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Factory Pattern

This post is a continuation of the design pattern posts I've been working through recently, which can be found in GitHub.

Additionally, I would also recommend reading the Head First Design Patterns book from O'Reilly. This book really makes design patterns stick in your head and helps you to understand when one pattern is of benefit over another and why.

Overview

Factory patterns are all about deferring instantiation of concrete classes so that your implementation isn't coupled to concrete instances. Basically put, factory patterns are responsible for creating objects.

There are three main approaches to implementing a factory:

  • Simple Factory
  • Factory Method Pattern
  • Abstract Factory Pattern

You'll note I've not referred to Simple Factory as a pattern. That's because there's some contention as to whether it can be considered a pattern or not. I also find that there's confusion between the Simple Factory and the Factory Method Pattern out in the wild. So I'll cover all of this in greater detail later in the post, but for now the differences are:

Simple Factory - The simple factory class is always called directly by the class wishing to create an object (referred to as the client). So there is a direct reference between the client and the simple factory class.

Factory Method Pattern - Here the client doesn't have a direct reference to the factory class. Instead it has an abstract reference via a reference to a subclass of the factory class. The subclass is responsible for implementing its own functionality in the abstracted creation method (the factory method). Furthermore a factory method only returns one object of the type or inherited from the type specified in the abstract factory method.

Abstract Factory Pattern - This factory pattern is used to create a family of related objects, whereas the factory method is used to create one object. To do this the abstract factory uses the factory method to create the related objects. So, the Abstract Factory Pattern could be said to be an abstract implementation of a class that consists of related Factory Methods.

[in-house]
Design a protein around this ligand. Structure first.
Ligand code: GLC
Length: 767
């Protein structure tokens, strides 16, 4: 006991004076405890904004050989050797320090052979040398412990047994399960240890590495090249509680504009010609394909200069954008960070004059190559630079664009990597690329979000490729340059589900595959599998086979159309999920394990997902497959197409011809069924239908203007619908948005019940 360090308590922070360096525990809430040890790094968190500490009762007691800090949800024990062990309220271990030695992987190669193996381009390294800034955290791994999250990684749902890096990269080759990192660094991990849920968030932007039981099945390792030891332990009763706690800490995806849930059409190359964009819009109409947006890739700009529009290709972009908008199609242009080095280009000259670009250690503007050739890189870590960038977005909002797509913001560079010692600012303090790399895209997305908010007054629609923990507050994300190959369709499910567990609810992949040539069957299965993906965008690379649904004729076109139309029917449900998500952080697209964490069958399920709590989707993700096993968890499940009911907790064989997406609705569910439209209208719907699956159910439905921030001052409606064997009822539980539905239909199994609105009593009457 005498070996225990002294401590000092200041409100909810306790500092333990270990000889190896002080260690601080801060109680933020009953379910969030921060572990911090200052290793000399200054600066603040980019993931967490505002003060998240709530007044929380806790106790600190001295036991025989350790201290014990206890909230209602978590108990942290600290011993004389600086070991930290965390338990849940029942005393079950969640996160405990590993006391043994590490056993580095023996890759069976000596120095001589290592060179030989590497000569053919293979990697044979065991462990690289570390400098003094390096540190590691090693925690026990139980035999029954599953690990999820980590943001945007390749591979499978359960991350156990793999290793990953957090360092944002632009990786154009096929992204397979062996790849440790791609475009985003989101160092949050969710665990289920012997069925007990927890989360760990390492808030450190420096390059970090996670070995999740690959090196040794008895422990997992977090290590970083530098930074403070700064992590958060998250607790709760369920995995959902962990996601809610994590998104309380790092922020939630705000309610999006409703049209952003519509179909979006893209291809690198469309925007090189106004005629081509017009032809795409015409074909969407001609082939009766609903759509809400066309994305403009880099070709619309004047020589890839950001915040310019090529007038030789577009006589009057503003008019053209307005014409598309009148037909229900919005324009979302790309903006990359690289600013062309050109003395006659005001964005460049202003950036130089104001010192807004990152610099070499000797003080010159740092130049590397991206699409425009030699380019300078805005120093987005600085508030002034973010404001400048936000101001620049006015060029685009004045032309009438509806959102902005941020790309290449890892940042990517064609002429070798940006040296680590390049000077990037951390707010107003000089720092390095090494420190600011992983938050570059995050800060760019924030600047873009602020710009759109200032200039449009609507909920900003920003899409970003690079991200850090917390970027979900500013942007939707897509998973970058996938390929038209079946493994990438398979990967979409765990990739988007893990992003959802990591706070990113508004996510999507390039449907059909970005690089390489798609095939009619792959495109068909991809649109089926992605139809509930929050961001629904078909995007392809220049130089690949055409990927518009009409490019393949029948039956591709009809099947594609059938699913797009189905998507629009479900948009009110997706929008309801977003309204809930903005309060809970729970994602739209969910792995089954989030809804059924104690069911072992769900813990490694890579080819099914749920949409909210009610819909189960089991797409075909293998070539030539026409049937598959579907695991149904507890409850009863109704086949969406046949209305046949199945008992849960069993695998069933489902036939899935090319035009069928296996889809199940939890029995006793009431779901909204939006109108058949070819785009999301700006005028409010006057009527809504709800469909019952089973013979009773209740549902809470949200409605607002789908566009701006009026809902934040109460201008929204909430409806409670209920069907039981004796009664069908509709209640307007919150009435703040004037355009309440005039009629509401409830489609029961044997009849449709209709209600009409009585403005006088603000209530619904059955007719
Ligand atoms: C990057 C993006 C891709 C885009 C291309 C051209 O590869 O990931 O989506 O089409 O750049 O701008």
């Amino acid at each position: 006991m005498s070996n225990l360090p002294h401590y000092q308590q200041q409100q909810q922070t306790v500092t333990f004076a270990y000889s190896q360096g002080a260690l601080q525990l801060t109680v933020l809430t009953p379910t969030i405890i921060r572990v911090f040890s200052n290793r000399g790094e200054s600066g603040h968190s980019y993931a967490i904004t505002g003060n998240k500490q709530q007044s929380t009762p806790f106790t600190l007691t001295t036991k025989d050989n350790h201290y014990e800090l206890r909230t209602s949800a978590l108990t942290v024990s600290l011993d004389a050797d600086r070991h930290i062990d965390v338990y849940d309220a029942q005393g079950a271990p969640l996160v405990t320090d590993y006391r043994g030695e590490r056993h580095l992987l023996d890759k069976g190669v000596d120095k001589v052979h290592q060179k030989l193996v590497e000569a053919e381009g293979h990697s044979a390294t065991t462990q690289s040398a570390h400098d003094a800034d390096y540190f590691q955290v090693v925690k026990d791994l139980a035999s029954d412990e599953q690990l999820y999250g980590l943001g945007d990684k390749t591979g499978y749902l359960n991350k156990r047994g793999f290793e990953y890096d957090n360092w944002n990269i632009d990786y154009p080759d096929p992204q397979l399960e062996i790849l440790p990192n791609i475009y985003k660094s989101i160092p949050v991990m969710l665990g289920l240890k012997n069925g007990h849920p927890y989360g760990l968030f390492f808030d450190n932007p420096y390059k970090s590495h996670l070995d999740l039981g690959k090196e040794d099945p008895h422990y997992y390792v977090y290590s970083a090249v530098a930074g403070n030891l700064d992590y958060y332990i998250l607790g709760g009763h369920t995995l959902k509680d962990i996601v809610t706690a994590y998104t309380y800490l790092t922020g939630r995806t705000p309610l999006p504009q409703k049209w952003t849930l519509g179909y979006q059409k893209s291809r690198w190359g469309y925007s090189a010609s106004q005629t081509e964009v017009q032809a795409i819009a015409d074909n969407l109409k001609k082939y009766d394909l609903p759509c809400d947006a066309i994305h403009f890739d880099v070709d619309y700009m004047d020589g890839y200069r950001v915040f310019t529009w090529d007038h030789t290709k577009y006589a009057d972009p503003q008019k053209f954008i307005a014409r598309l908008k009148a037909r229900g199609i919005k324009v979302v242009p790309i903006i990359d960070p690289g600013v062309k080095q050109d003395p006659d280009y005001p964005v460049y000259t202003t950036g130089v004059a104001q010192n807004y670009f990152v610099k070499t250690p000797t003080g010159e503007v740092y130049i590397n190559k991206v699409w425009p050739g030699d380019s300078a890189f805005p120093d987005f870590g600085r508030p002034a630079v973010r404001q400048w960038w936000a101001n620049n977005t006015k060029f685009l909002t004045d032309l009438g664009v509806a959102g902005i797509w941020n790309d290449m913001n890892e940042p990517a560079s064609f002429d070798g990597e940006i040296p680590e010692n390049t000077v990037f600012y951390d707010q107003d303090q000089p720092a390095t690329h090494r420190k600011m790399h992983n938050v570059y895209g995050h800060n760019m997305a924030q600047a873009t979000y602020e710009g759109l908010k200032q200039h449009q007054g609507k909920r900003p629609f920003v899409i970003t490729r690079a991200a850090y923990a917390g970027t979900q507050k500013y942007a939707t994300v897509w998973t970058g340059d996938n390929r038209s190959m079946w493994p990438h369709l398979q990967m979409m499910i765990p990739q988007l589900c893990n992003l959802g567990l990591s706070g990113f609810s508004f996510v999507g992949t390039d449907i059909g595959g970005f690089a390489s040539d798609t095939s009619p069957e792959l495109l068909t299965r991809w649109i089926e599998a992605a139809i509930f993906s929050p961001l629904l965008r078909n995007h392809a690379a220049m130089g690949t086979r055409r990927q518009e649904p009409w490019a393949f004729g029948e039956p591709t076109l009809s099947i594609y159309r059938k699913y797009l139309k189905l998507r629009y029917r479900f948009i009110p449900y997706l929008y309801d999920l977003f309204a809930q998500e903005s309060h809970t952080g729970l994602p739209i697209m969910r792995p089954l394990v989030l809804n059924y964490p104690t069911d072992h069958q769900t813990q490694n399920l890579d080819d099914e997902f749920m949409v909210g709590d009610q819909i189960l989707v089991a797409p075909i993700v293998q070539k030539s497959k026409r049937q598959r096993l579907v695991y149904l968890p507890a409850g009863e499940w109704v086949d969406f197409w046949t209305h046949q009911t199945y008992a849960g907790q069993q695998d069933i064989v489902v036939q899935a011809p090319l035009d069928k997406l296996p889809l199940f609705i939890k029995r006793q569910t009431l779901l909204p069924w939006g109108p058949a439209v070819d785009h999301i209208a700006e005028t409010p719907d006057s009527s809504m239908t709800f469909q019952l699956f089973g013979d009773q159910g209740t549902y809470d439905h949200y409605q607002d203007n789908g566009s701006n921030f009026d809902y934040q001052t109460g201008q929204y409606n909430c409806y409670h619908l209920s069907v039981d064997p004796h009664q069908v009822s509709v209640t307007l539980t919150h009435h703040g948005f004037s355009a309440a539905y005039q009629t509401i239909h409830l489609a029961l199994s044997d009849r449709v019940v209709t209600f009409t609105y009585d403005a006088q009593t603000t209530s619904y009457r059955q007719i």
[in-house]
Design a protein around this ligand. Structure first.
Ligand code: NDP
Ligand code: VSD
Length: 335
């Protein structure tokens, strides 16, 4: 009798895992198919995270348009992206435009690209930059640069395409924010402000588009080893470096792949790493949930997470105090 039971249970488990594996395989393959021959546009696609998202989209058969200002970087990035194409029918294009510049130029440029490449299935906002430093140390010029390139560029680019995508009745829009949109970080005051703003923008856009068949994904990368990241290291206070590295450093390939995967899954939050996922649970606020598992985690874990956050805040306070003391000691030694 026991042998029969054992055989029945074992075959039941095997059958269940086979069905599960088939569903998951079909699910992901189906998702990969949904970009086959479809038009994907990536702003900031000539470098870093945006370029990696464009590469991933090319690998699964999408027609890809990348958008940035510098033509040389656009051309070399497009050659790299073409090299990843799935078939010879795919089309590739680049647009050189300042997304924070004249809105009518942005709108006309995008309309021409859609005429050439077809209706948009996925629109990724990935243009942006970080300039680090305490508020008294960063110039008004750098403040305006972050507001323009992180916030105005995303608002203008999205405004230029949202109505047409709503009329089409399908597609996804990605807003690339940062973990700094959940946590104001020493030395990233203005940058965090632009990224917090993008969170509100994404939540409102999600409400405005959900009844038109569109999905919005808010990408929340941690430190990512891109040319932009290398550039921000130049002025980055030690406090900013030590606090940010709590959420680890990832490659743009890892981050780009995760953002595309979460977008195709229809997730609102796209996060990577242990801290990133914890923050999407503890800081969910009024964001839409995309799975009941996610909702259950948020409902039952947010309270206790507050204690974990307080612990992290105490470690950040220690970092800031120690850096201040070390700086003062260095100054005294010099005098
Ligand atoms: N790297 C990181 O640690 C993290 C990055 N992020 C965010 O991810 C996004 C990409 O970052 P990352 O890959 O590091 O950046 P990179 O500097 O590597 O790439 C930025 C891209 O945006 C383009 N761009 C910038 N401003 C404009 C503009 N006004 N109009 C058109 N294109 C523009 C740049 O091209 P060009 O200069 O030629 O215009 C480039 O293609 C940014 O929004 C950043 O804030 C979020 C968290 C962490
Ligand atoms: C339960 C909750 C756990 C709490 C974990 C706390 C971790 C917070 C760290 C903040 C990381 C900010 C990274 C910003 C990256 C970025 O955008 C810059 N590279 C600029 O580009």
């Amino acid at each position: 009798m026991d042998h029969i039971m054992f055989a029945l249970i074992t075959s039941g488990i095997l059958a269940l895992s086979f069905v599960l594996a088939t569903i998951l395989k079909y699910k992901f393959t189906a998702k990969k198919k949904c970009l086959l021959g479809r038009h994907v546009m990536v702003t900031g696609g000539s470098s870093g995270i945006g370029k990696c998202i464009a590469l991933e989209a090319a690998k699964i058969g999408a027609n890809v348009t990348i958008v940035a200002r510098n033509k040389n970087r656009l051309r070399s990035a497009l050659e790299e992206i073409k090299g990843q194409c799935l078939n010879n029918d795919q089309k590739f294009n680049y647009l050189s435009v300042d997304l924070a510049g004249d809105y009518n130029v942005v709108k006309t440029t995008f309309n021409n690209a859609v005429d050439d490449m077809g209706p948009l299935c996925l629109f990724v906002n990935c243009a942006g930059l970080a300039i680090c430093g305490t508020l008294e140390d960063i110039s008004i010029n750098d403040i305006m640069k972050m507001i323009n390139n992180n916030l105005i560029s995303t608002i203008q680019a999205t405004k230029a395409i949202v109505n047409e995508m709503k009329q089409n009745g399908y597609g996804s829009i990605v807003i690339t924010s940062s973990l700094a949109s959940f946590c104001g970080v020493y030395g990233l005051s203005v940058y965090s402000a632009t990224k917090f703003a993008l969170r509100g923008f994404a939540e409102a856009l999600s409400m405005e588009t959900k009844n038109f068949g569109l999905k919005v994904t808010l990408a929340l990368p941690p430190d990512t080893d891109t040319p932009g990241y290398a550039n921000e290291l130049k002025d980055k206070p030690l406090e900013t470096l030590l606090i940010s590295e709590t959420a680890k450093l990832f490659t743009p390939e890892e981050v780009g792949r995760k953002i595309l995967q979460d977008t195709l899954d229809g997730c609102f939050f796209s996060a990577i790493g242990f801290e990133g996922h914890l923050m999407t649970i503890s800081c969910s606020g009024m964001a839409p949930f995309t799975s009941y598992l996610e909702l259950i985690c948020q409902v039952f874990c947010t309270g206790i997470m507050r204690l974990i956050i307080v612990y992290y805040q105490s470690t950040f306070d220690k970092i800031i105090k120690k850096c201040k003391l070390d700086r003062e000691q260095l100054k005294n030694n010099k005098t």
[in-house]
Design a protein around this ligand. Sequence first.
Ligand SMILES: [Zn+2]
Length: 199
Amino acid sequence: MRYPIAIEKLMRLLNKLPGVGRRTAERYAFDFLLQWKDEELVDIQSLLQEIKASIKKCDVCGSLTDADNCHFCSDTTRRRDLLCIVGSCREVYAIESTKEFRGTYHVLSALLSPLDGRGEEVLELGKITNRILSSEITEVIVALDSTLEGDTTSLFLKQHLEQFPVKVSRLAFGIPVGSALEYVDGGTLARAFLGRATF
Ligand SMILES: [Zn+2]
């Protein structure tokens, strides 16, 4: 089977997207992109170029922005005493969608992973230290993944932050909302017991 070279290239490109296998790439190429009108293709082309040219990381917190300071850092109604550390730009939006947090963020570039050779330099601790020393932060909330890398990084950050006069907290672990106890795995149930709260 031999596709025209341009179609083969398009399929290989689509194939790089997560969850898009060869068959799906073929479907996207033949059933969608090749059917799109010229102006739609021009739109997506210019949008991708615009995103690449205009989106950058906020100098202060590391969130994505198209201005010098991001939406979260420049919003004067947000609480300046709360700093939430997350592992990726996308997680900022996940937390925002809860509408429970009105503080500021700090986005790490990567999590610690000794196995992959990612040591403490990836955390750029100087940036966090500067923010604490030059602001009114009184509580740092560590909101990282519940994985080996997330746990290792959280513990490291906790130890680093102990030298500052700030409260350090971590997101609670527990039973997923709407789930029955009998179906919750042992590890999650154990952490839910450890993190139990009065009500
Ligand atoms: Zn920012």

Simple Factory

As previously mentioned, the Simple Factory is always a direct reference to the client. So wherever we pass a concrete class into another object and use that class to create an object we're using a Simple Factory.

In the example code we have an AutomobileFactory and an AutomobileShowroom. The AutomobileShowroom has a direct reference to the AutomobileFactory injected into the constructor. Then the AutombileShowroom calls the AutomobileFactory.CreateCar method to get a concrete instance of the Car object.

public class AutomobileShowroom
{
    readonly AutomobileFactory _factory;

    public AutomobileShowroom(AutomobileFactory factory)
    {
        _factory = factory;
    }

    public ICar OrderCar(CarTypes type)
    {
        Logger.Write($"Order placed for {type} car.");

        var car =  _factory.CreateCar(type);

        car.PerformService();
        car.PerformValet();
        car.AddFuel();

        return car;
    }
}

Now, here's the first problem with this implementation. Because we're supplying a concrete AutomobileFactory we're closely coupling the factory class and the AutomobileShowroom. Meaning that if one of them changes it's likely the other one will need to change too. We've also made it difficult to test the classes.

Therefore, the Simple Factory doesn't follow the open/closed principle and it's this reason that the Simple Factory isn't considered a design pattern.

Additionally, suppose we wanted to have a different factory depending on where the showroom is (e.g. UK, Italy, etc.) and that the creation of the car is different for each factory? To do that we would need to use an abstraction.

Factory Method Pattern

When using the Factory Method Pattern the client doesn't have a direct reference to the factory implementation. Instead it has an abstract reference. However, the Factory Method Pattern also only instantiates one type (or derived type) of object.

So to best achieve that in our example we can implement abstraction via inheritance from the AutomobileShowroom class. In this case the AutombileShowroom class is an abstract class, which is then implemented by the UKAutomobileShowroom and ItalianAutomobileShowroom classes.